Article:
Depression linked to poorer diabetes control

NEW YORK (Reuters Health) - Depression may make it harder for people with diabetes to keep their blood sugar levels in check, researchers have found.

In a study of more than 11,000 U.S. veterans with type 2 diabetes, the investigators found that over a decade, those diagnosed with depression consistently had a higher average hemoglobin A1C level — a standard measure of long-term blood sugar control.

The findings are concerning, in part, because studies have found that diabetics have a higher risk of depression than non-diabetics. It’s estimated that about 30 percent of people with diabetes also suffer from depression at some point.

“Our study shows that depression is a major and important comorbidity in people with type 2 diabetes,” Dr. Leonard Egede, one of the researchers on the current study, said in a written statement.

He and his colleagues at the Medical University of South Carolina, in Charleston, report their study findings in the journal General Hospital Psychiatry.

Briefly, the researchers analyzed records from 11,525 mostly male veterans treated for type 2 diabetes between 1997 and 2006. At the outset, 6 percent also had a diagnosis of depression. On average, the researchers found, this group consistently showed a higher hemoglobin A1C level over the years.

The difference between groups was small — a gap of 0.13 percent overall — but for any one person, even a slightly higher hemoglobin A1C, sustained over time, can raise the risk of diabetes complications, Egede noted.

The reasons for the findings are not clear, but one possibility is that dealing with depression makes it harder for diabetics to manage their blood sugar with lifestyle measures and medication.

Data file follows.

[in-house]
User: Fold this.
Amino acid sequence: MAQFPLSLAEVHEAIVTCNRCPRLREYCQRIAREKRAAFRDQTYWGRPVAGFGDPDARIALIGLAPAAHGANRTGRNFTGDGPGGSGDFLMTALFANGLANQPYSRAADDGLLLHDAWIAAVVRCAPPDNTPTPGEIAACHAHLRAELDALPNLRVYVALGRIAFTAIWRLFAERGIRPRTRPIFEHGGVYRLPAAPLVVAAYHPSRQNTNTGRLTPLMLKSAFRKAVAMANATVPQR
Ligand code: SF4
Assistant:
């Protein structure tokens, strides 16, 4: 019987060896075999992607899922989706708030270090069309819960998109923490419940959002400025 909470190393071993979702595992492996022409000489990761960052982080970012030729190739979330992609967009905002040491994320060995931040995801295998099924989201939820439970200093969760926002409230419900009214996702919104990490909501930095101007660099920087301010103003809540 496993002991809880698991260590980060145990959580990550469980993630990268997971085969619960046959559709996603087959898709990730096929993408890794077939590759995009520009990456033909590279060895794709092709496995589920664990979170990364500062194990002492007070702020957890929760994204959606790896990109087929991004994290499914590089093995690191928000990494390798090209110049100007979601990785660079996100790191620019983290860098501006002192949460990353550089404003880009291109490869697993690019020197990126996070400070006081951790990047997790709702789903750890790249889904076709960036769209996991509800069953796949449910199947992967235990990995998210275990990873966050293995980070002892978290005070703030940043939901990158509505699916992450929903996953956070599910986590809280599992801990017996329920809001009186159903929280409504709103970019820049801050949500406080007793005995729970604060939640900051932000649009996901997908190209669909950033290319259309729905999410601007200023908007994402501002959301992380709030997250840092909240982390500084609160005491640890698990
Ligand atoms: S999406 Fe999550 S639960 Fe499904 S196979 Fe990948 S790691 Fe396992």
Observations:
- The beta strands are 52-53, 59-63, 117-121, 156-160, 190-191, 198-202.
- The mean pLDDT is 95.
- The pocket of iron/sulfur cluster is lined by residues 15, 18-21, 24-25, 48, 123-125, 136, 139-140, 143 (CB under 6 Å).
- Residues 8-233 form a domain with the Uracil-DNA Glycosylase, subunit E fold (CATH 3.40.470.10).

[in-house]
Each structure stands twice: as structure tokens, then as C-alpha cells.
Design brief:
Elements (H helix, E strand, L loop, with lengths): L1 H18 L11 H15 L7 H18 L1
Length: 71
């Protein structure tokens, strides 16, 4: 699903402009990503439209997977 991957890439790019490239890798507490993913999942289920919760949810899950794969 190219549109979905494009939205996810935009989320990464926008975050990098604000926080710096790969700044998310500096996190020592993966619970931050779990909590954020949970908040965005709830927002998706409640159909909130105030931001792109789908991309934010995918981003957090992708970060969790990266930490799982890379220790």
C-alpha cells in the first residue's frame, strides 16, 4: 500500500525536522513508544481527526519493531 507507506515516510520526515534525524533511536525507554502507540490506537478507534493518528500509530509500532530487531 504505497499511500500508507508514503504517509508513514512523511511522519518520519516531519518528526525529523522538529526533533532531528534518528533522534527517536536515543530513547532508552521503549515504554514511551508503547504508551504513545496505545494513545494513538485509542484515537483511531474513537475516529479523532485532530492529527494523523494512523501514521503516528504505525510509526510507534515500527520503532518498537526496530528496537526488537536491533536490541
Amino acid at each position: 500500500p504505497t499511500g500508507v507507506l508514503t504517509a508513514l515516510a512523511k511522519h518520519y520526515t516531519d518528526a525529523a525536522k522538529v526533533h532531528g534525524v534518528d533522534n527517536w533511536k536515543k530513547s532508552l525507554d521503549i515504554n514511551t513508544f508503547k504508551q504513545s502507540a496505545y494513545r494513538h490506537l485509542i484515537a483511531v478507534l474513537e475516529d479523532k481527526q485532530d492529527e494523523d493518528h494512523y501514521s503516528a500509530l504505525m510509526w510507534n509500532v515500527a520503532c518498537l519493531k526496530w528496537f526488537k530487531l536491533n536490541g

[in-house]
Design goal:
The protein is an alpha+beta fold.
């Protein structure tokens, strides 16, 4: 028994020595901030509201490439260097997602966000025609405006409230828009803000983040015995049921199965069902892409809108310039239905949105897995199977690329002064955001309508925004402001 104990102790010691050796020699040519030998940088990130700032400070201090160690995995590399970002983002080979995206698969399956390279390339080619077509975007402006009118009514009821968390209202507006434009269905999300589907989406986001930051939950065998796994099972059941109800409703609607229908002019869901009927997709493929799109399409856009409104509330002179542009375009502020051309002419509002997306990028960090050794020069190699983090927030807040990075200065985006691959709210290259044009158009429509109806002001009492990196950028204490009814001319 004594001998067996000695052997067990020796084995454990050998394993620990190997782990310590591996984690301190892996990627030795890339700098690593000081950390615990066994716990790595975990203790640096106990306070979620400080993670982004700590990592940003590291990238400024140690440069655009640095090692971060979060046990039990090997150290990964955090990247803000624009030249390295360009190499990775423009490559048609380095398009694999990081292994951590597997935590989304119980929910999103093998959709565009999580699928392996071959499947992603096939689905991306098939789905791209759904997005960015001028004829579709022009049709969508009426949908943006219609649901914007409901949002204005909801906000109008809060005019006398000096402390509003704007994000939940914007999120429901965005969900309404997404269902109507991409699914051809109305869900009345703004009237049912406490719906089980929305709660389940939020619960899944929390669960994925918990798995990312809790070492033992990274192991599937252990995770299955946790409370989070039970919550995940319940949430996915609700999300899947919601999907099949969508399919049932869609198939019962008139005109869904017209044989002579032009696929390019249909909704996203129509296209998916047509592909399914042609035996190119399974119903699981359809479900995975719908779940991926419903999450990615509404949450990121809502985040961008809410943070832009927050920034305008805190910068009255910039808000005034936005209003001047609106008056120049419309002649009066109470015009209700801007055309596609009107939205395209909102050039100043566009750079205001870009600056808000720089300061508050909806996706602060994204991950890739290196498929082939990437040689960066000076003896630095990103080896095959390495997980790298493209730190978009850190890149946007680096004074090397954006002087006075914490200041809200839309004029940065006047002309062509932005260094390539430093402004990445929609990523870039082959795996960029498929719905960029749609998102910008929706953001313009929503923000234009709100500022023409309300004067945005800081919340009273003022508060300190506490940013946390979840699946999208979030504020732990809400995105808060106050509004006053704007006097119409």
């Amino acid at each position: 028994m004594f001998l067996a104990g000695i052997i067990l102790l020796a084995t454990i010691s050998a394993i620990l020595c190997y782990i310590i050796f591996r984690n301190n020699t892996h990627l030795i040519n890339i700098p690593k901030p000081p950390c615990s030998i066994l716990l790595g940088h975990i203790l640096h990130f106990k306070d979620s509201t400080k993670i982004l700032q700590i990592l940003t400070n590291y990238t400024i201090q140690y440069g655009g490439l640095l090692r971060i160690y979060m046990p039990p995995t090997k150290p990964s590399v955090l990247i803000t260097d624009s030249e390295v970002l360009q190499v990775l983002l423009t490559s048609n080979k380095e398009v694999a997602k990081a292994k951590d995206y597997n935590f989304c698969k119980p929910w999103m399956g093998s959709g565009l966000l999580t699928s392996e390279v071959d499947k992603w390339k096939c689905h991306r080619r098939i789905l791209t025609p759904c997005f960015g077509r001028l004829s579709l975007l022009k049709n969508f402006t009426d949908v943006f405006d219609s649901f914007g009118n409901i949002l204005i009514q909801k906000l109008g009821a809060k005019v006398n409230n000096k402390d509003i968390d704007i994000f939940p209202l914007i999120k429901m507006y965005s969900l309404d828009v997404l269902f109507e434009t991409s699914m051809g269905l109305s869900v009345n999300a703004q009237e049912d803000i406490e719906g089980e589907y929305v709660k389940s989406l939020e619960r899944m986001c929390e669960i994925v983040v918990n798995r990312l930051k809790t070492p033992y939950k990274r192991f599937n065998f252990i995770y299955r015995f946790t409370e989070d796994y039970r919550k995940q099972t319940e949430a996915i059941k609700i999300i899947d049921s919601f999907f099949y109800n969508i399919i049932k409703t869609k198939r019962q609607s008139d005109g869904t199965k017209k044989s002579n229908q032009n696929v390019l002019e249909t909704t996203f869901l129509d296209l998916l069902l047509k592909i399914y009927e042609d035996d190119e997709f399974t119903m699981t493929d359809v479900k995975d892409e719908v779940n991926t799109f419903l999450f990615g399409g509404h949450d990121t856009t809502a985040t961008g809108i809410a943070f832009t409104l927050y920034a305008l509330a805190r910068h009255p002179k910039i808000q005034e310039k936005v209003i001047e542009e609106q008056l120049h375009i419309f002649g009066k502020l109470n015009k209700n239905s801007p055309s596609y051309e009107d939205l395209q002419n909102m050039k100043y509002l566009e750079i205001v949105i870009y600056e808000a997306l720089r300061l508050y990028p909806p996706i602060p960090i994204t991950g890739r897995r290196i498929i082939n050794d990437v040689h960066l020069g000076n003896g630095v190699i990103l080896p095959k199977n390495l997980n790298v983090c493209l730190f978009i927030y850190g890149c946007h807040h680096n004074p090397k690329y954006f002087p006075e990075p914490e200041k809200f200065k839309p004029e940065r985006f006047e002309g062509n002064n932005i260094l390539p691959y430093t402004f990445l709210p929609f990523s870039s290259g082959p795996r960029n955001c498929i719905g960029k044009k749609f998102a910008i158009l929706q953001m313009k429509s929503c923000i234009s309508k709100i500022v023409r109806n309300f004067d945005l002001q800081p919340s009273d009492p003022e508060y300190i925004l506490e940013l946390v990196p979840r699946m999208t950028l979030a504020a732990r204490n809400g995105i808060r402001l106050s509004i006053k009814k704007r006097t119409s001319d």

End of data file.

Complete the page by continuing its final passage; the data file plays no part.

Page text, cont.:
SOURCE: General Hospital Psychiatry, November/December 2008.

Source

--------------------------------------------------------------------------------------------
Related Posts:


CHICAGO (Reuters) - Genes that increase the risk of heart disease in the general population carry an even greater risk of heart trouble in diabetics, U.S. researchers said on Tuesday. The findings may help better identify which diabetics are at risk for heart disease and could lead to new treatments, they said. “Coronary artery disease is one

Full Post: Genes that raise heart risks amplified in diabetics
--------------------------------------------------------------------------------------------

NEW YORK (Reuters Health) - School nurses can help older children and adolescents with poorly controlled type 1, or “insulin dependent,” diabetes better manage their blood sugar during the school day, research suggests. In a pilot study lasting 3 months, researchers found that nurse-supervised blood sugar monitoring, insulin injections at lunch and periodic insulin dose adjustment

Full Post: School nurses help kids control diabetes
--------------------------------------------------------------------------------------------

By Martha Kerr NEW YORK (Reuters Health) - In people with type 1 diabetes, adequate control of blood sugar over the long haul helps reduce the risk of diabetes-related eye and kidney disease, new data suggest. The findings stem from a look at 1,441 type 1 diabetic patients followed for roughly 9 years as part of the

Full Post: Stable blood sugar curbs diabetes complications
--------------------------------------------------------------------------------------------

By Will Dunham WASHINGTON (Reuters) - Cancer, the world’s No. 2 killer, is even more lethal for people with diabetes, U.S. researchers said on Tuesday. People with diabetes who get cancer are about 40 percent more likely to die in the years following the diagnosis than cancer patients who are not diabetics, according to research published in

Full Post: Cancer even deadlier for people with diabetes
--------------------------------------------------------------------------------------------

By David Douglas NEW YORK (Reuters Health) - Intensive control of high blood pressure (hypertension) leads to improved pregnancy outcomes in women with type 1 diabetes and kidney disease, Danish researchers report in the journal Diabetes Care. “Diabetic women with kidney involvement have an increased risk of complications in pregnancy leading to preterm delivery,” lead investigator Dr.

Full Post: Blood pressure control key for diabetic pregnancy

Site Navigation

Most Read

Search